U.S. home prices have kept on climbing in the pandemic housing boom, leaving many potential buyers wondering how they can afford a place of their own in this red-hot market. After a period of stability in the years following the 2008 housing crash, the current development is a steep departure from the previous trend.
According to the St. Louis Fed, median prices for U.S. houses rose from approximately $323,000 at the start of the coronavirus pandemic to around $429,000 in Q1 of 2022. Over the same time period, U.S. inflation hit 11.5 percent. But this makes the average house price still $68,000 higher than in early 2020 even when adjusting for the measure.
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Because housing is in such high demand, buyers outnumber supply, causing prices to soar. Because housing now promises sizable returns, it is also attracting investors. They bought a record share of homes in the United States last year, putting further pressure on the market.
Housing demand in the U.S. used to follow a cyclical pattern, but this has been upset by the pandemic. Home sales typically heated up in the summer, when houses were sold faster, and cooled down in winter. In 2020, however, a home buying frenzy ensued in spring, when the availability of housing dipped, followed by another, longer dip of supply in the fall.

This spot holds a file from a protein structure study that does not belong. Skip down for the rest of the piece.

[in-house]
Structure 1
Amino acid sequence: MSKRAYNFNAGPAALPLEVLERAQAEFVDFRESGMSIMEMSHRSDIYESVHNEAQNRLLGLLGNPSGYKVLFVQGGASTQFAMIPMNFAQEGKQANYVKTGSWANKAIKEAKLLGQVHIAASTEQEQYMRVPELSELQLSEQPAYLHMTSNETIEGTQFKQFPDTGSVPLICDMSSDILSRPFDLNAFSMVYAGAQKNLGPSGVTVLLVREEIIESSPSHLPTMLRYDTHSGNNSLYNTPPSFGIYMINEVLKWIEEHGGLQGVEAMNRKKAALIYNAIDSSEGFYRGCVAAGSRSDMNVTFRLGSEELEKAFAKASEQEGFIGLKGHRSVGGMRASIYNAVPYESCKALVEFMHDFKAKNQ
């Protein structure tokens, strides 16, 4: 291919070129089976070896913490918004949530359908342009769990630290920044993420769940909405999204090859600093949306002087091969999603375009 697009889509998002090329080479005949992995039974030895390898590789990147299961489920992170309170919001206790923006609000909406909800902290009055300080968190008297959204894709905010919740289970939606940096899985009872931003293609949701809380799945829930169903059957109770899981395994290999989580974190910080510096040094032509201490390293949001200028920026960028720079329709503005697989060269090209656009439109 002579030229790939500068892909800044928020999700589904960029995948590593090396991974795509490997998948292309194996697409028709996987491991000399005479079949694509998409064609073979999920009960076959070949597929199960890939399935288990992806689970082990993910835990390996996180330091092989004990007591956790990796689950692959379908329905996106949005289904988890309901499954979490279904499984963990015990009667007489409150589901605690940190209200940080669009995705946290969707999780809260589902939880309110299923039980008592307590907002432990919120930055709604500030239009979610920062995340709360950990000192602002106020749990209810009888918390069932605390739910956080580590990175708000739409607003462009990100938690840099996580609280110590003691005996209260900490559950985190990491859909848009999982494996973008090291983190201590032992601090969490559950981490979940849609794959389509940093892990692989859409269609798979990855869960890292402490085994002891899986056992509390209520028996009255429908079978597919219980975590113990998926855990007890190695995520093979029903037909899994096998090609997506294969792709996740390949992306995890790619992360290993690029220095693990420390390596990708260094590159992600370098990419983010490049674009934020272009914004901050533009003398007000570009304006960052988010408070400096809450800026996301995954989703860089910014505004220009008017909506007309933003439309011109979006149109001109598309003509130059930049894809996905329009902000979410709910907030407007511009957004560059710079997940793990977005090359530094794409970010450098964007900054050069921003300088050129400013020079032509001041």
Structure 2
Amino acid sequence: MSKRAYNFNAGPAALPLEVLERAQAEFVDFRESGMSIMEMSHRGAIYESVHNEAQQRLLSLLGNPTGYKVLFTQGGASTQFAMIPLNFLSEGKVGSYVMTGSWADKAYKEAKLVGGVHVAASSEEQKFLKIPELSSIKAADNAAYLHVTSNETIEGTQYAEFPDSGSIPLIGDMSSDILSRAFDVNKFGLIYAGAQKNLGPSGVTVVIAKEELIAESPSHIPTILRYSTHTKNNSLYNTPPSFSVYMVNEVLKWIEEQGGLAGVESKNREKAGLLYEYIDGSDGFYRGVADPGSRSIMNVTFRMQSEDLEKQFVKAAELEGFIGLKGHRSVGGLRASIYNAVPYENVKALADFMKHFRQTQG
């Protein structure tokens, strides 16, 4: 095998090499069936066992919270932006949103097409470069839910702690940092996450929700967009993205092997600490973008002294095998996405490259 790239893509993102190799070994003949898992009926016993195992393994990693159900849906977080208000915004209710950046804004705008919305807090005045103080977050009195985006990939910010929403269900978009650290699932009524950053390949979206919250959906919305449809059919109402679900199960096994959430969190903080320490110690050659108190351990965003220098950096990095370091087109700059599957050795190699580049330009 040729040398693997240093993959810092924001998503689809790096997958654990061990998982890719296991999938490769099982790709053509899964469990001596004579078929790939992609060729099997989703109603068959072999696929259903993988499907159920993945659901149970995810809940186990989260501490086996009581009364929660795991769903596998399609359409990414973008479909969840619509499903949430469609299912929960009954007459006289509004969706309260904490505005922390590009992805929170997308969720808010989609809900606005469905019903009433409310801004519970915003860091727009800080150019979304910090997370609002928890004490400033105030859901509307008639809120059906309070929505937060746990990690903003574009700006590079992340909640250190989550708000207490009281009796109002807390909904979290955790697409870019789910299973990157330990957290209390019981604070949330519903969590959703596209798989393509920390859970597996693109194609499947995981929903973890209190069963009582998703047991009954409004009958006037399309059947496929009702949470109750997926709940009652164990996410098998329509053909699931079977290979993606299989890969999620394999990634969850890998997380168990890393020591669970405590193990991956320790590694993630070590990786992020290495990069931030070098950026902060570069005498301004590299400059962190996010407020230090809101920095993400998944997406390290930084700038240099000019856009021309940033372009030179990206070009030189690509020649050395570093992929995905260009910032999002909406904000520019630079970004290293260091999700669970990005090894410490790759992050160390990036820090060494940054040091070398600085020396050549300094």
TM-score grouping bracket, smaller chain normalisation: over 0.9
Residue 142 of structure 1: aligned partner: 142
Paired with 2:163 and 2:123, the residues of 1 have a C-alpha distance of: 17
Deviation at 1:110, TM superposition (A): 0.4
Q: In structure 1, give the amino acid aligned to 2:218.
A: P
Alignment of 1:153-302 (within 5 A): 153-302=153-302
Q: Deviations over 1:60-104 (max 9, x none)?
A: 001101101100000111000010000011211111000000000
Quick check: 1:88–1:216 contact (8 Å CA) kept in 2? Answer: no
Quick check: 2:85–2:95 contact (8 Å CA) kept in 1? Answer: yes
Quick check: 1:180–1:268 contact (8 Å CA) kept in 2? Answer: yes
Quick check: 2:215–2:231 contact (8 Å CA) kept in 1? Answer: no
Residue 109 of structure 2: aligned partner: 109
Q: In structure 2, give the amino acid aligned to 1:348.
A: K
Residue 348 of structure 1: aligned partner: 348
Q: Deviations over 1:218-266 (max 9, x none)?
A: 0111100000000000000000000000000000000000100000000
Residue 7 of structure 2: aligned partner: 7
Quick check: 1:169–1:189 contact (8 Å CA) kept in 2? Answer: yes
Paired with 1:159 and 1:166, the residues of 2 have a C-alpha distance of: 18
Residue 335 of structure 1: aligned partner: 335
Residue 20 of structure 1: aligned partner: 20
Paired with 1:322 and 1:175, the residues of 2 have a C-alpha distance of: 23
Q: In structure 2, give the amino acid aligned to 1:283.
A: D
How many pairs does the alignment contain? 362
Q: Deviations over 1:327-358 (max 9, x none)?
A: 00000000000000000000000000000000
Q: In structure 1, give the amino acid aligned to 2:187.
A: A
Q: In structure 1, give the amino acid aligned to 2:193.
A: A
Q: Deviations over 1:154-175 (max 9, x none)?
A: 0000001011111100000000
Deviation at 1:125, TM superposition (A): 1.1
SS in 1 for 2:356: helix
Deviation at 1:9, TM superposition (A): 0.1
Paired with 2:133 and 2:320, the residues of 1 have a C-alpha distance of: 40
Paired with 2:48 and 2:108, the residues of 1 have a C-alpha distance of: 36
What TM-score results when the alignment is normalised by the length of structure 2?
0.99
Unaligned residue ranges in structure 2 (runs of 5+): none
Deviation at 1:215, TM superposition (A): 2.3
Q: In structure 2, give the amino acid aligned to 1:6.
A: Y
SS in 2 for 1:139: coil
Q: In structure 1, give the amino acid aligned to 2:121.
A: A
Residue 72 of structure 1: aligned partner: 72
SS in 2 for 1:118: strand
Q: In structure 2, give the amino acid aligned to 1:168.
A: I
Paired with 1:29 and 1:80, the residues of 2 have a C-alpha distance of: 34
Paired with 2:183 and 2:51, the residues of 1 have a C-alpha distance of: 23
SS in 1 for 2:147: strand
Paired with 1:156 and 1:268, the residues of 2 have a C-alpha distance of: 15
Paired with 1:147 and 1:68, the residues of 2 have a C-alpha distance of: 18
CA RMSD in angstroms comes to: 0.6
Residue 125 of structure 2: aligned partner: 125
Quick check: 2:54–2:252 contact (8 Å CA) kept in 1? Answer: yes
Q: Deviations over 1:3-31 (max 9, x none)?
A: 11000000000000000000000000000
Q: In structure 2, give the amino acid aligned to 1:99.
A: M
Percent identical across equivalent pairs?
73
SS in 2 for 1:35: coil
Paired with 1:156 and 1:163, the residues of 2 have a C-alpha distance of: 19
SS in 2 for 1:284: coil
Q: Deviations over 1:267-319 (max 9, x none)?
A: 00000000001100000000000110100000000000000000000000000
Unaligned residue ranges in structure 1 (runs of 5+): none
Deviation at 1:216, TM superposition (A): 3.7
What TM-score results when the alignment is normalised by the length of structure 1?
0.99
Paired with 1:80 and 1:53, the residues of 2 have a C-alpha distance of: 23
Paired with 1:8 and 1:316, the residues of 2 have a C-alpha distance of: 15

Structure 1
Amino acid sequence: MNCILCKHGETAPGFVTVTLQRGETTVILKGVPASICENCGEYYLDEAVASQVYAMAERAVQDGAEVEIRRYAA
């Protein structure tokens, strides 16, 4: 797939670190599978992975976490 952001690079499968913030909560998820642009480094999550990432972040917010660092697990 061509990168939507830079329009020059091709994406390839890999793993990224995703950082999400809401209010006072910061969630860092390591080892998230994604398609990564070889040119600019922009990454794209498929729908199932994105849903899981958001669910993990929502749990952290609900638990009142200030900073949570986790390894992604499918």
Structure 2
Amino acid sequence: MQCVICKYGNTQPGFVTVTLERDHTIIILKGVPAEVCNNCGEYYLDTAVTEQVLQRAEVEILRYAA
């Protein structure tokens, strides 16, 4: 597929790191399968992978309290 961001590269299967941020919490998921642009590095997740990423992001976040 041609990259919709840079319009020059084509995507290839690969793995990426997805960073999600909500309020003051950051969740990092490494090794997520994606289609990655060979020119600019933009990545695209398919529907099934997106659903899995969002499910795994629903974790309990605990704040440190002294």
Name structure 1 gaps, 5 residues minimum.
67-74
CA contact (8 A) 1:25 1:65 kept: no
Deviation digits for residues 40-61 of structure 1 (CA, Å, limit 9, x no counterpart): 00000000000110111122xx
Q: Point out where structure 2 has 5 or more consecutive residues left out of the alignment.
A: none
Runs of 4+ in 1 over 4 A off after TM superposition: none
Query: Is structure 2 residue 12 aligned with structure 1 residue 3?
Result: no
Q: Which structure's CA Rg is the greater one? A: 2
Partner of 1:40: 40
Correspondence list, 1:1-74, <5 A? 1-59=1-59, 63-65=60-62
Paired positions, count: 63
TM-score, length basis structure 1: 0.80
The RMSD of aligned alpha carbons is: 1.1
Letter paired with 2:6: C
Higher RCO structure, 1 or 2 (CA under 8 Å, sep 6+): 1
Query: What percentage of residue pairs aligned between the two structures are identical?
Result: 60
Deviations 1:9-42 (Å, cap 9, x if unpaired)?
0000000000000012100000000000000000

In 2021, the summer availability dip turned into a veritable trough lasting throughout most of the year. While house listings still peaked at the turn of the year in 2022, houses remained on the market at their supply peak about as long as they would have in a hot summer market in in 2017, ’18 or ’19.
According to Marketwatch, the pandemic housing market actually collided with other, longer-term developments that were already putting pressure on U.S. home supply. Mortgage rates that are once again rising are causing Americans to stay put rather than move. Also, homeowners are older now than they used to be, but are more likely to “age in place” instead of downgrading, snowbirding or moving into retirement communities.
The average time between moves had already reached a high of 13.5 years in 2020, increasing from just around ten years in 2012. This number only started to decrease again with the onset of the pandemic – which caused the great reshuffle in the housing market that is now also coming at a great cost for buyers.
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